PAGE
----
In the Saturday, July 18 issue of the NY Times, they ask a number of persons
the question: "How Good Are These Yankees?" Interesting mix of interviewees
-- Marvin Miller, Terry Cashman, Doris Kearns Goodwin, Frank Robinson, among
others. I'd be interested in the newsgroup's opinion on Robinson's comments,
which I will excerpt below.
"... They are an outstanding ball club, but they are playing at a time when the
competition is weak. Expansion is one reason. Economics is another.
Nowadays everybody has to watch the budget; most clubs, anyway. This has
stretched the talent really thin and weakened rosters on many teams."
(And this has never happened before in baseball history?)
"The Yankees have holes. They have a hole at catcher, and another in
(Anyone check out where Posada ranks in RC/25?)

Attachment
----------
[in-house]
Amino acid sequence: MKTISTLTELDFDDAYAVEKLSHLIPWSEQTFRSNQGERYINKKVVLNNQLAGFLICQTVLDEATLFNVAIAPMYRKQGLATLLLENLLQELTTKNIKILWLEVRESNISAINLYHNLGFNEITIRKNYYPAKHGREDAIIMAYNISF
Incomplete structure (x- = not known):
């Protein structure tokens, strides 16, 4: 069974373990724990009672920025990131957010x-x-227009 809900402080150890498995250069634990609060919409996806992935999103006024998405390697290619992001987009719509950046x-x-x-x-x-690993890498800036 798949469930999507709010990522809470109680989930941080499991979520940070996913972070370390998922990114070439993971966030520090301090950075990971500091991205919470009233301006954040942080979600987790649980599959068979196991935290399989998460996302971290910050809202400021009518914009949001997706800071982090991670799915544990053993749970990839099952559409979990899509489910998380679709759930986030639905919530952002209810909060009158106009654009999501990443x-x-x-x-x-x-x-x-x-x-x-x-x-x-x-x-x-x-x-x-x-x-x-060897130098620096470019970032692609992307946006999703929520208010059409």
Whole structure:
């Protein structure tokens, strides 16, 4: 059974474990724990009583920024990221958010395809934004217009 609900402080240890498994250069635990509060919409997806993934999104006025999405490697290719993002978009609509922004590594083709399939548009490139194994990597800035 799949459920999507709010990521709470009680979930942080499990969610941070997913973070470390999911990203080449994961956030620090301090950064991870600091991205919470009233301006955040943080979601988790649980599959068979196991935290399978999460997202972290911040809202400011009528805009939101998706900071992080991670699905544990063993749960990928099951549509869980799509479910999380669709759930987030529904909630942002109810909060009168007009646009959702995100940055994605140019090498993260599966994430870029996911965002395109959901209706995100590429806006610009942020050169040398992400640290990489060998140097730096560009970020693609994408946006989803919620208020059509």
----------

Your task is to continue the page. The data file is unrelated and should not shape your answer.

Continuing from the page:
"They lack power at third base -- throughout their lineup, in fact. [Then he
refers to the '27 Yankees, the '70's Reds and A's, and Robinson's Oriole
teams.] Those teams all had an abundance of power, and that is the most
important ingredient the Yankees are missing."
(Last I saw, the Yankees are scoring as many runs per game as anyone, even
after missing Bernie Williams for a month. True, they aren't among the home
run leaders, but they easily lead in on-base percentage. Anyone know where
they stand in slugging average?)
And didn't Frank's Reds ever play the Mets or the Astros? Didn't his Orioles
ever play the Pilots/Mariners or the Royals? On the other hand, three of the
four best 162-game records have been posted in expansion years or shortly
thereafter -- 1961 Yankees, 1969-70 Orioles. Is it possible the great teams
really beat up on the weak ones?)
Robinson makes some interesting points, and he seems like an intelligent guy,
but is this another case of an old-time ballplayer bashing the current crop,
despite evidence that players get better all the time?